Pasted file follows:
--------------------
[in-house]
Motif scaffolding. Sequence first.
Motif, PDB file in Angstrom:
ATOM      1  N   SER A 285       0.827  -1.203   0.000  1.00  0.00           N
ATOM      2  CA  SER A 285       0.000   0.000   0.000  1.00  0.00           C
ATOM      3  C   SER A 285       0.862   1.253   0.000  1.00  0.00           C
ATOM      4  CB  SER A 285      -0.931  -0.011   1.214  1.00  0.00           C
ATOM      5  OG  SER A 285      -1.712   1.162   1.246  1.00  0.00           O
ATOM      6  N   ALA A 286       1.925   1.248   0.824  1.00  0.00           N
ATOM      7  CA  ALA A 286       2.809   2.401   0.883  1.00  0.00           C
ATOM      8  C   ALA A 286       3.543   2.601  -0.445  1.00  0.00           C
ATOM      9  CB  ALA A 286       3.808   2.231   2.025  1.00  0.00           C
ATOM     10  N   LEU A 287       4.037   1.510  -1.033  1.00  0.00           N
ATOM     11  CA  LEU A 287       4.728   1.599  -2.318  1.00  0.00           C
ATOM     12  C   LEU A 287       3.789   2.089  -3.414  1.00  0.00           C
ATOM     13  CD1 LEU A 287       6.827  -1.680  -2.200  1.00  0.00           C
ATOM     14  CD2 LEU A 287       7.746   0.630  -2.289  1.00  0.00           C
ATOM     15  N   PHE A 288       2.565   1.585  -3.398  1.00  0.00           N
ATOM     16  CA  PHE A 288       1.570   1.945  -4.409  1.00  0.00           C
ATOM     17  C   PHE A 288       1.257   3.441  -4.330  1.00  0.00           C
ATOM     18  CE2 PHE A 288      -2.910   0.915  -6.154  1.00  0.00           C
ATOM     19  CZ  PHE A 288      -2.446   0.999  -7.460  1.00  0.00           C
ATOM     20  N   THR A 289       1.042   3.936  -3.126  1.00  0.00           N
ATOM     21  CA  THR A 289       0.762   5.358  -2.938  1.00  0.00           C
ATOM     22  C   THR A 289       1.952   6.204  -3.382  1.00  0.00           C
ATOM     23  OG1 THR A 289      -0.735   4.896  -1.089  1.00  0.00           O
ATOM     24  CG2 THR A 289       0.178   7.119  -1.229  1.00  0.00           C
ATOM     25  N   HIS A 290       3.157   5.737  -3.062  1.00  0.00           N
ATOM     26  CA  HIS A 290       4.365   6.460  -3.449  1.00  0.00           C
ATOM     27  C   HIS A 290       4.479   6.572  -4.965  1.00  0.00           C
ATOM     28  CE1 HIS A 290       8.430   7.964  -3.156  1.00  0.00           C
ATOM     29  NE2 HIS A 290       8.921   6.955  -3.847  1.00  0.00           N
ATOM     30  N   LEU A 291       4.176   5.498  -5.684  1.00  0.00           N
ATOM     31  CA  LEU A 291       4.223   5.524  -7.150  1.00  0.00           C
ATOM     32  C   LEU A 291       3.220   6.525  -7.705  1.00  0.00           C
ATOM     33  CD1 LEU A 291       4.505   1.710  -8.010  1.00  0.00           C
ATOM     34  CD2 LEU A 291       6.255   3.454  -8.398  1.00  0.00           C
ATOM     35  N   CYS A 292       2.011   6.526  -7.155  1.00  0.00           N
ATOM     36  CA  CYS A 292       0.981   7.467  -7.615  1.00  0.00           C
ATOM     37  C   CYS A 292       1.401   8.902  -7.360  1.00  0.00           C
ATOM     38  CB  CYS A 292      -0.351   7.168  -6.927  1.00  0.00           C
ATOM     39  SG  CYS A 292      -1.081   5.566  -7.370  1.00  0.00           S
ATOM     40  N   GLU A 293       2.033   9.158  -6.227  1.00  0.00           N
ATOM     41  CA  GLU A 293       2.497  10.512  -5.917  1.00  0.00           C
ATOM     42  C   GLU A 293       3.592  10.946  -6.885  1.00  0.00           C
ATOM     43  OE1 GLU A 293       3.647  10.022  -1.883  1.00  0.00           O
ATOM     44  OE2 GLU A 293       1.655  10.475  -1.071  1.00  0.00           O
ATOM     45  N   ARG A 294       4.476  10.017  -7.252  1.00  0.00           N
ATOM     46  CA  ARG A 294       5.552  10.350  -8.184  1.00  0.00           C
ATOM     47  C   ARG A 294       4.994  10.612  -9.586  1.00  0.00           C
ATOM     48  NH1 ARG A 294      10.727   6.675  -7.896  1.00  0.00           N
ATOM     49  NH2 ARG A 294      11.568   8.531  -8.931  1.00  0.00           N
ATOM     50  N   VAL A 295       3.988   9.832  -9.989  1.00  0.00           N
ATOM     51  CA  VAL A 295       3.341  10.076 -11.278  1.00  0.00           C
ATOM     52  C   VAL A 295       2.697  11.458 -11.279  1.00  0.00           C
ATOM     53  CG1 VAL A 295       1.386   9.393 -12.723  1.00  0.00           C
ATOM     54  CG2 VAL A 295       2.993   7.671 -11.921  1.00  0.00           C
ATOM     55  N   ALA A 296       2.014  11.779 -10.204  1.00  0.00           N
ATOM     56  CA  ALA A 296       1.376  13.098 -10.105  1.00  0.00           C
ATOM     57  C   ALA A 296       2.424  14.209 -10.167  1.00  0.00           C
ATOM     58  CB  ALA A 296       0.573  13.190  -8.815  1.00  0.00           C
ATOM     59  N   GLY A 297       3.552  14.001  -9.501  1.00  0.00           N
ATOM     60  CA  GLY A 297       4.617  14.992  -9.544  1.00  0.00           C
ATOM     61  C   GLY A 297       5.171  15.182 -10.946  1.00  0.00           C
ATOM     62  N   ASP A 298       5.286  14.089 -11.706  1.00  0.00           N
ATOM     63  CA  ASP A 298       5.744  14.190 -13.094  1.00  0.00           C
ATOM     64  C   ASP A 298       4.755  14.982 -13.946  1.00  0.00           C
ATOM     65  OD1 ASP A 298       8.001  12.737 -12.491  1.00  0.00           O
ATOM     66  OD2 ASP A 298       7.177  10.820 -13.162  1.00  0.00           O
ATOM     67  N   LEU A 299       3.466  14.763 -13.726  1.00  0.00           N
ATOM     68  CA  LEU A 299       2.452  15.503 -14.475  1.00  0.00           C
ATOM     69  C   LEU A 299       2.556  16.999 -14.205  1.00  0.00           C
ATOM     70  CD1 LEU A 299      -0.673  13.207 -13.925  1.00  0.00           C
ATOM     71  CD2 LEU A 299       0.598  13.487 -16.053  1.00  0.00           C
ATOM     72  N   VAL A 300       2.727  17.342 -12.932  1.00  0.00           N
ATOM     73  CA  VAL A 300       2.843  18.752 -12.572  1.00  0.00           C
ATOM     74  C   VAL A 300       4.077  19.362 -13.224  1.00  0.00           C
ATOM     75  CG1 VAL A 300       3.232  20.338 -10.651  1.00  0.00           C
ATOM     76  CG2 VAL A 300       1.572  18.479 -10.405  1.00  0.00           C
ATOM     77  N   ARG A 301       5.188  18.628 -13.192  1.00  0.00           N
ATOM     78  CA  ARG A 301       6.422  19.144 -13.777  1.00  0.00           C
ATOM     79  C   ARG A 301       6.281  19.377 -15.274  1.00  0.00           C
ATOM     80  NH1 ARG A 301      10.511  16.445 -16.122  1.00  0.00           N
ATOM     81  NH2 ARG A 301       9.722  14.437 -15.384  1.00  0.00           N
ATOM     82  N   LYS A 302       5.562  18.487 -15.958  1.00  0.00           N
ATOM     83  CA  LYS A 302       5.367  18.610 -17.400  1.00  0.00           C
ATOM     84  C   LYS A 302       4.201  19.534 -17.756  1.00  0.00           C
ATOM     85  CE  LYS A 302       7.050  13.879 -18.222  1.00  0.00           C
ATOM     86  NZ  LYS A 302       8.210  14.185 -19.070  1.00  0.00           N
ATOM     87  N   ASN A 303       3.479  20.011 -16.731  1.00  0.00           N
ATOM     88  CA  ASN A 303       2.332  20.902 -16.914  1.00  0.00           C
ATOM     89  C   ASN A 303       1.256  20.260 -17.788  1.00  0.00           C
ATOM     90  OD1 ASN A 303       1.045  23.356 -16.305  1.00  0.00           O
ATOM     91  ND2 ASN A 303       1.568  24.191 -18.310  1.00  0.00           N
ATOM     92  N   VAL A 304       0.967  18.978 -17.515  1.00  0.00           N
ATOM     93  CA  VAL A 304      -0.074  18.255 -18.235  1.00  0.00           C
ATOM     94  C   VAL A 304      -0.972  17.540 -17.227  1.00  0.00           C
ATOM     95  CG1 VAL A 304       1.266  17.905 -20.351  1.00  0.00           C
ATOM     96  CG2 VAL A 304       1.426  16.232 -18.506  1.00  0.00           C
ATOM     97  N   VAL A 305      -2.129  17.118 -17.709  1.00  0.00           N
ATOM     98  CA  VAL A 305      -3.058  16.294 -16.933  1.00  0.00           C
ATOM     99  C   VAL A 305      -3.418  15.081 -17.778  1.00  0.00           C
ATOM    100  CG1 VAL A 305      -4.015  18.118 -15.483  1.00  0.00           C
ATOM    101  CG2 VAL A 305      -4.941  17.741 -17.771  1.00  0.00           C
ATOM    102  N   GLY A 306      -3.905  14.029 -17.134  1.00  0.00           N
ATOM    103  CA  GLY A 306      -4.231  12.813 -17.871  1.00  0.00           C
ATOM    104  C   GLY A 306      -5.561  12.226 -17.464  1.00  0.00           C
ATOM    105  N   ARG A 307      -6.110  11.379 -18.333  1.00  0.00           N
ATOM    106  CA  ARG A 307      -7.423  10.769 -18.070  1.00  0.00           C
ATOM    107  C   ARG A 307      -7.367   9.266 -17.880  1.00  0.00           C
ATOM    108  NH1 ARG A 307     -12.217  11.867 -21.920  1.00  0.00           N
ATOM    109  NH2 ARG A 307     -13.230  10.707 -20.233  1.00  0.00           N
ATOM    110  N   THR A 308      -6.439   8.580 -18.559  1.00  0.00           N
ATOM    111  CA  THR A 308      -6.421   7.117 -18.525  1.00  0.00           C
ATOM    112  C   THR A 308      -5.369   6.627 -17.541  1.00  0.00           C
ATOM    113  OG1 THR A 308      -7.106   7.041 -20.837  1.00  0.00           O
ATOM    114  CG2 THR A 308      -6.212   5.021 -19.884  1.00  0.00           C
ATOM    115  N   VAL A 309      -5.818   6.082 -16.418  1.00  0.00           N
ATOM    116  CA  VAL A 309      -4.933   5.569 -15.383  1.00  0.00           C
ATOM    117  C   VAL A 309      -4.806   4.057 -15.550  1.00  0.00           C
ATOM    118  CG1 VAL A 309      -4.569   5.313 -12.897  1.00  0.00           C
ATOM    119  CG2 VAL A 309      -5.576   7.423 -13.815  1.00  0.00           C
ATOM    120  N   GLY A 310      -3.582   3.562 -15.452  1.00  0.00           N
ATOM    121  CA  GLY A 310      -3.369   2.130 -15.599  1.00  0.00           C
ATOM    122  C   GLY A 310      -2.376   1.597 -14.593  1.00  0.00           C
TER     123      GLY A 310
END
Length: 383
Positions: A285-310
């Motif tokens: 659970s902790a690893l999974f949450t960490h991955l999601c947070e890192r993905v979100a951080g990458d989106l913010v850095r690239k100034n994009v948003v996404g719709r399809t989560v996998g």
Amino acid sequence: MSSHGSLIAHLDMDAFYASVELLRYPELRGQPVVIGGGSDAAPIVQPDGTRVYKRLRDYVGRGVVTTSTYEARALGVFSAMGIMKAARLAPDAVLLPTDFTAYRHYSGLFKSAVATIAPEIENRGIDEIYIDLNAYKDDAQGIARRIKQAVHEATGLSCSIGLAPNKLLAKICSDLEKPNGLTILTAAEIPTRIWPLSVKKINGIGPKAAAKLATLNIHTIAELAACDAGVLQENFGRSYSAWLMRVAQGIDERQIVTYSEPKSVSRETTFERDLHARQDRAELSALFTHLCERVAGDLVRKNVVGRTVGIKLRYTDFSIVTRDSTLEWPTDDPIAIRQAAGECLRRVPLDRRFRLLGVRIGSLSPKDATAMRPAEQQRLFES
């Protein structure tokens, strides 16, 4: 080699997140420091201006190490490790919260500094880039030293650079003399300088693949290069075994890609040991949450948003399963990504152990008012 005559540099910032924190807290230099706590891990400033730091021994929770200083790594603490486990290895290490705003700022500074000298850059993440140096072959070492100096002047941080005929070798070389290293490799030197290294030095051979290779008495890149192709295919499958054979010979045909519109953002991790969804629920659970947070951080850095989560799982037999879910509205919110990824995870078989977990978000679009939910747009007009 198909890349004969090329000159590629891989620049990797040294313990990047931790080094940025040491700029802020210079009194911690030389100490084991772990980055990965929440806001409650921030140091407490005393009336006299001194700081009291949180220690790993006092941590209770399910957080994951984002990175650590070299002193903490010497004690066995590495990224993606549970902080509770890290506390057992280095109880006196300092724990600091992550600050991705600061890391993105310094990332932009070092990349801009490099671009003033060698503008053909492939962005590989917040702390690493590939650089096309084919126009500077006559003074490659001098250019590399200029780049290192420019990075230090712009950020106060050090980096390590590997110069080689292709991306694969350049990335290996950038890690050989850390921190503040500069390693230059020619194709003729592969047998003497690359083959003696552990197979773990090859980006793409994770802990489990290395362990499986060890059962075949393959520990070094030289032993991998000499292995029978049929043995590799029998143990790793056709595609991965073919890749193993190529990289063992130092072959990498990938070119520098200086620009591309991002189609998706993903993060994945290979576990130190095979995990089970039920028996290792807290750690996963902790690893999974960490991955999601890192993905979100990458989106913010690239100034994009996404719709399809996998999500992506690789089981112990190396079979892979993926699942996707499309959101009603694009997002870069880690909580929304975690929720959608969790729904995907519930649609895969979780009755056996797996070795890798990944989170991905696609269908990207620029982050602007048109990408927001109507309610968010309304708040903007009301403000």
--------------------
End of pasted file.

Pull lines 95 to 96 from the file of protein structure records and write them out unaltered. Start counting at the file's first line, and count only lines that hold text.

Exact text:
ATOM     92  N   VAL A 304       0.967  18.978 -17.515  1.00  0.00           N
ATOM     93  CA  VAL A 304      -0.074  18.255 -18.235  1.00  0.00           C